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Week forty-five: ASTATINE (probability 1361), by David Sutton

ASTATINE is a chemical element, no. 85 in the Periodic Table. It is the rarest of all the naturally occurring elements: it is thought that any one time there is no more than one ounce of astatine on earth, making its nearest contender in the rarity stakes, FRANCIUM, look relatively abundant at twenty ounces or so.

Here's a little test: write down as many names of chemical elements as you can (there are 118 in all). If you manage more than about sixty, I suspect that you are either a professional chemist or very good at memorising the words of Tom Lehrer songs. I have been brushing up my own knowledge by reading Sam Kean's 'The Disappearing Spoon', a book crammed with fascinating lore about the elements along with anecdotes about their sometimes eccentric discoverers. Here are a few notes on shorter names that may be less familiar to you.

THULIUM is element 69, a rare earth or lanthanide. It is impossible to obtain completely pure THULIUM, it is always contaminated by other rare earth elements.

CERIUM, element 58, is another lanthanide. It sparks when struck, making it ideal for use as flints in cigarette lighters. It kept the Jewish writer Primo Levi alive when he was working in a prison chemical plant during the holocaust — he would appropriate small sticks of cerium and barter them with civilians for bread and soup.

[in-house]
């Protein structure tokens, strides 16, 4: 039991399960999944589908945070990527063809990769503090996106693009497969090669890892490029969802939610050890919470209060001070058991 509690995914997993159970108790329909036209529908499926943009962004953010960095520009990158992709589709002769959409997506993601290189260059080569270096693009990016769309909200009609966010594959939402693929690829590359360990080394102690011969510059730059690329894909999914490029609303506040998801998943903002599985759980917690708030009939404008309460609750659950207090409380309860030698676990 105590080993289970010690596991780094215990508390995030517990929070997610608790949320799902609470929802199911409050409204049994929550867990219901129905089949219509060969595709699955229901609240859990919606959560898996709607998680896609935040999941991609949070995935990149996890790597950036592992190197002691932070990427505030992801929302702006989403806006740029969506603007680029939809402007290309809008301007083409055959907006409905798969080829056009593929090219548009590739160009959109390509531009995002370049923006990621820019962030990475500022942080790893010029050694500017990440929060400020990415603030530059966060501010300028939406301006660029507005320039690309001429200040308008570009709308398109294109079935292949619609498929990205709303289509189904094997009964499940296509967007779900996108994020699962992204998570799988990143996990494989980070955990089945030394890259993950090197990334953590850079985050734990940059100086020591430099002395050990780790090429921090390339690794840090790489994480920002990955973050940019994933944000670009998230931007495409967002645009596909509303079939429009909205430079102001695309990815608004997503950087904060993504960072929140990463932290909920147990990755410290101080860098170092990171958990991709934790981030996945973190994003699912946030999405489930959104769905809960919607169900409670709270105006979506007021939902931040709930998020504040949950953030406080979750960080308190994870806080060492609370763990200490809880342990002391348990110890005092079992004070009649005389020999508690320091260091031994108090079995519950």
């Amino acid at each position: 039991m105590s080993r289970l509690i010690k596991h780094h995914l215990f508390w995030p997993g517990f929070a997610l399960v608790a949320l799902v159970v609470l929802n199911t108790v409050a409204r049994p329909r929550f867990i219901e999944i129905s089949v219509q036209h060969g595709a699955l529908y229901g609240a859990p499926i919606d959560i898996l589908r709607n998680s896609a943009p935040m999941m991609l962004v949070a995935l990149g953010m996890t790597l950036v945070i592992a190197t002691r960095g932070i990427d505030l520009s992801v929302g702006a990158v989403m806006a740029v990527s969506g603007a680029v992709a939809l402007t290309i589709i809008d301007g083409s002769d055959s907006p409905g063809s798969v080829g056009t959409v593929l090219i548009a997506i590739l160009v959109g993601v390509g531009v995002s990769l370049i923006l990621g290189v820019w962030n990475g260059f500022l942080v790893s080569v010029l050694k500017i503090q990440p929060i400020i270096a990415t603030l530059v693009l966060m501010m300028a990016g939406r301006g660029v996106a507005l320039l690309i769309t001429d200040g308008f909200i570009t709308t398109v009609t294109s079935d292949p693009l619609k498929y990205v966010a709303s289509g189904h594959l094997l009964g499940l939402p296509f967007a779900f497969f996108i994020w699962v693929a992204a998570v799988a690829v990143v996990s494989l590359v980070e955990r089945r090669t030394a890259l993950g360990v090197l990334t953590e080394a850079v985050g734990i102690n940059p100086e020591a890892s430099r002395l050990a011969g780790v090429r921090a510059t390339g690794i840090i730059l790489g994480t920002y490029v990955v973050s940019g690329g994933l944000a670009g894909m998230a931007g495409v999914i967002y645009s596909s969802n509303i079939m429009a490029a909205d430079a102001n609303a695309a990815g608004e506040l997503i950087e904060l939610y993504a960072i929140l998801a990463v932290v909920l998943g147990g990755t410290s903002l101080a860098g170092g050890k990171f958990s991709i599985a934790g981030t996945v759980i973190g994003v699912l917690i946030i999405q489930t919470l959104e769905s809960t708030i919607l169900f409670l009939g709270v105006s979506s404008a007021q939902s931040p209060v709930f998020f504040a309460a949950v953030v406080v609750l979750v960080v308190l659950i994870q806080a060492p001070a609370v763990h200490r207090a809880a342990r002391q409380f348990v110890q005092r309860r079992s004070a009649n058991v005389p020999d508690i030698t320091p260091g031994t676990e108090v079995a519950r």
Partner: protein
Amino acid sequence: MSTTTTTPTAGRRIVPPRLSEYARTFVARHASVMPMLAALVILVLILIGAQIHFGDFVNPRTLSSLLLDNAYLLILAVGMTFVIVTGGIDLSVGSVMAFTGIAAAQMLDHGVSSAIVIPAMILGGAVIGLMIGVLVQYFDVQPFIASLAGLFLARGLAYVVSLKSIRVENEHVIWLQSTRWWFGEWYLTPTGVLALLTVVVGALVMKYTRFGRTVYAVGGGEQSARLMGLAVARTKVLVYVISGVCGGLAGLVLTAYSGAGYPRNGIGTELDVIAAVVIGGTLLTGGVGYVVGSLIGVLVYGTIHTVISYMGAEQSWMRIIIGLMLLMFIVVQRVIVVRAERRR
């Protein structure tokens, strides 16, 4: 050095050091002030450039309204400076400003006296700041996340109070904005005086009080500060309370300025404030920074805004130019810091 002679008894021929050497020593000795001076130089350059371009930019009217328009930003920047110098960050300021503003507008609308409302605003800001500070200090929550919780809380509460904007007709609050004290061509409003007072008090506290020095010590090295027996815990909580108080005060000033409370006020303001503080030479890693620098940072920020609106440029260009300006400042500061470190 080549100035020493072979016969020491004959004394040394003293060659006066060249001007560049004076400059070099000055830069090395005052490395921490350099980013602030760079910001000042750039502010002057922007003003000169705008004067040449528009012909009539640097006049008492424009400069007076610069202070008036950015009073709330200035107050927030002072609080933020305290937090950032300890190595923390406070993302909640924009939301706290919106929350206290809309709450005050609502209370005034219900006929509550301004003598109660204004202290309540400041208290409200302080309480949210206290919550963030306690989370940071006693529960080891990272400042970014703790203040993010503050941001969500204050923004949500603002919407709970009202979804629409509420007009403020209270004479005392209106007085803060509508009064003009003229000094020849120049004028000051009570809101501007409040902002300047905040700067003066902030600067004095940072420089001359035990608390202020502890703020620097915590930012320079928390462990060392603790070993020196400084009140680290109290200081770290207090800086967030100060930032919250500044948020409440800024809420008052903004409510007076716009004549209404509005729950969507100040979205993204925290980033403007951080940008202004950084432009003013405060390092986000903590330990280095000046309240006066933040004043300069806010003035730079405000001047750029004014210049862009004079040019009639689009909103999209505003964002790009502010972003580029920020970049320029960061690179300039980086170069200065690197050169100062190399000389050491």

THALLIUM, element 81, is considered the deadliest element in the table. It replaces potassium in the body, causing massive damage. The CIA are alleged to have plotted to assassinate Fidel Castro by powdering his socks with thallium-tainted talcum powder.

RHODIUM, element 45, is the most expensive of all the elements that can actually be bought commercially. It is strange to think that at one time this prestigious position was held by the now ubiquitous ALUMINIUM (or ALUMINUM), until someone figured out how to separate it from oxygen.

HAFNIUM, element 72, was not nailed down till 1922 when Niels Bohr, applying reasoning based on the principles of the new quantum physics, decided that the best place to look for it was in samples of ZIRCONIUM, and despatched two chemists to do that. They found it first time.

It is worth noting that many elements went through several names or proposed names before settling down to their present identities. ASTATINE, for example, was first proposed as ALABAMINE, after Alabama where it was first found; another early name for it was HELVETIUM. VIRGINIUM was proposed for FRANCIUM. PROMETHEUM was once called ILLINIUM. JOLIOTIUM+, not currently valid but about to make an appearance in CSW12, is a former name for DUBNIUM. SILICON was originally called SILICIUM. TUNGSTEN has an alternative name WOLFRAM, and even TIN can be called STANNUM.

And let us not forget DIDYMIUM, NEBULIUM and CORONIUM, three elements that never were, being discoveries that turned out to resolve into existing elements. Some you win, some you lose...

   













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